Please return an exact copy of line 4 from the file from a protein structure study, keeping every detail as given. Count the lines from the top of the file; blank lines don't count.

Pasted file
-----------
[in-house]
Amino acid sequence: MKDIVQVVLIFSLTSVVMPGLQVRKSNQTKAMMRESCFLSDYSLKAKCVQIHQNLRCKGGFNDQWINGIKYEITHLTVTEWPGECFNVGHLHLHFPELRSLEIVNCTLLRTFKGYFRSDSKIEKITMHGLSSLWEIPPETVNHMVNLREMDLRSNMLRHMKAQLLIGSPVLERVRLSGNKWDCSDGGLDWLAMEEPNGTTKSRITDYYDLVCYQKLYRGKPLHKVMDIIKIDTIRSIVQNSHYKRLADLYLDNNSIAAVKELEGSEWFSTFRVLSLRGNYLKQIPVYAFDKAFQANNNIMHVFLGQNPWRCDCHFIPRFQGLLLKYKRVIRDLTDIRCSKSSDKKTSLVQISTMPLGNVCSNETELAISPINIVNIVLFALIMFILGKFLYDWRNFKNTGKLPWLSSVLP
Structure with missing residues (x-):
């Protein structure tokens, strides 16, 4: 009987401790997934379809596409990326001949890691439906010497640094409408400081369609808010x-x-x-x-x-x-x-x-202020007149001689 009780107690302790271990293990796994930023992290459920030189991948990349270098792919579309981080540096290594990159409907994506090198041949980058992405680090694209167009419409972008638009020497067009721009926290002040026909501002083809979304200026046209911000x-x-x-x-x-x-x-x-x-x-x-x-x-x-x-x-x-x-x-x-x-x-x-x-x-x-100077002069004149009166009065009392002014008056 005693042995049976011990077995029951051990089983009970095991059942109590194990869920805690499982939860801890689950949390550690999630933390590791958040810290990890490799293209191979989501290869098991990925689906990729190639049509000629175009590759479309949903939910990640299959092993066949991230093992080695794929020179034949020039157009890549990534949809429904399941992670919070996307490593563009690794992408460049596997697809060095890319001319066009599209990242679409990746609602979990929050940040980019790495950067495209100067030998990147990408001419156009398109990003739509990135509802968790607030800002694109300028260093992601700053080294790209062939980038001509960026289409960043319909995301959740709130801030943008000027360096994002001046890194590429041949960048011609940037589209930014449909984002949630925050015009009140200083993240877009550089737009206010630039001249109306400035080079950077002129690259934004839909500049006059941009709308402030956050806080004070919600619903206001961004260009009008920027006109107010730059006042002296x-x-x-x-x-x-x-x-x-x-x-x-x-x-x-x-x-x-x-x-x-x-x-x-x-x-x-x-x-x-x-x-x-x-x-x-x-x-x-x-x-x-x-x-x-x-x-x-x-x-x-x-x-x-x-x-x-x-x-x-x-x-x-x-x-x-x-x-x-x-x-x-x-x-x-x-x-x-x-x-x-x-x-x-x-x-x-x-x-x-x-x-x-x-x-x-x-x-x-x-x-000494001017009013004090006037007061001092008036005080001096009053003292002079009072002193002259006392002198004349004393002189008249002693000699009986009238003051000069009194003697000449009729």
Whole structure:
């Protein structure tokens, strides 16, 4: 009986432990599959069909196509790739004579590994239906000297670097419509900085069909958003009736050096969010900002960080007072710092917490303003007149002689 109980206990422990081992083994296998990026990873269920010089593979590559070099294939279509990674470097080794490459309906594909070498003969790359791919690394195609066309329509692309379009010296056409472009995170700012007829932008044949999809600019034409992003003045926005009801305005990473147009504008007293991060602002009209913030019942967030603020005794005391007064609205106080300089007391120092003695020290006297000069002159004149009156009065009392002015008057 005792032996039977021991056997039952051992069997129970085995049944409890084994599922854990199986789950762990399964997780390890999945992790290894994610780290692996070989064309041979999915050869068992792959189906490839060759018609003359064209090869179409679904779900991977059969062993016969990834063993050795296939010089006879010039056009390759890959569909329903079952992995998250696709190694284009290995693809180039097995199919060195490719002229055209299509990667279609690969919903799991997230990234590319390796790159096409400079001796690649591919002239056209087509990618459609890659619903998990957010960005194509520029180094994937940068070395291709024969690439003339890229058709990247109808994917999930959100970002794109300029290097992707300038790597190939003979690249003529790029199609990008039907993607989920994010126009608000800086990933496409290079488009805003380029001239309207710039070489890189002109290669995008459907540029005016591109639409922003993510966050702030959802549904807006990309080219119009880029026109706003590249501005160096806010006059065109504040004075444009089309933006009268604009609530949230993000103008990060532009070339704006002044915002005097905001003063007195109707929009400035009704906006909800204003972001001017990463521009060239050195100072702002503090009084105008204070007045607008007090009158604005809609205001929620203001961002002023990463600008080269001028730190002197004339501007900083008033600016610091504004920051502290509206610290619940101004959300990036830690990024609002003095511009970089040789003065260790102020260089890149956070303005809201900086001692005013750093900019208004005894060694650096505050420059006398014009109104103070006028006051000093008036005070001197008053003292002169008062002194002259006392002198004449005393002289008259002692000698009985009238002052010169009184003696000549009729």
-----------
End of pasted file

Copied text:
């Protein structure tokens, strides 16, 4: 009987401790997934379809596409990326001949890691439906010497640094409408400081369609808010x-x-x-x-x-x-x-x-202020007149001689 009780107690302790271990293990796994930023992290459920030189991948990349270098792919579309981080540096290594990159409907994506090198041949980058992405680090694209167009419409972008638009020497067009721009926290002040026909501002083809979304200026046209911000x-x-x-x-x-x-x-x-x-x-x-x-x-x-x-x-x-x-x-x-x-x-x-x-x-x-100077002069004149009166009065009392002014008056 005693042995049976011990077995029951051990089983009970095991059942109590194990869920805690499982939860801890689950949390550690999630933390590791958040810290990890490799293209191979989501290869098991990925689906990729190639049509000629175009590759479309949903939910990640299959092993066949991230093992080695794929020179034949020039157009890549990534949809429904399941992670919070996307490593563009690794992408460049596997697809060095890319001319066009599209990242679409990746609602979990929050940040980019790495950067495209100067030998990147990408001419156009398109990003739509990135509802968790607030800002694109300028260093992601700053080294790209062939980038001509960026289409960043319909995301959740709130801030943008000027360096994002001046890194590429041949960048011609940037589209930014449909984002949630925050015009009140200083993240877009550089737009206010630039001249109306400035080079950077002129690259934004839909500049006059941009709308402030956050806080004070919600619903206001961004260009009008920027006109107010730059006042002296x-x-x-x-x-x-x-x-x-x-x-x-x-x-x-x-x-x-x-x-x-x-x-x-x-x-x-x-x-x-x-x-x-x-x-x-x-x-x-x-x-x-x-x-x-x-x-x-x-x-x-x-x-x-x-x-x-x-x-x-x-x-x-x-x-x-x-x-x-x-x-x-x-x-x-x-x-x-x-x-x-x-x-x-x-x-x-x-x-x-x-x-x-x-x-x-x-x-x-x-x-000494001017009013004090006037007061001092008036005080001096009053003292002079009072002193002259006392002198004349004393002189008249002693000699009986009238003051000069009194003697000449009729």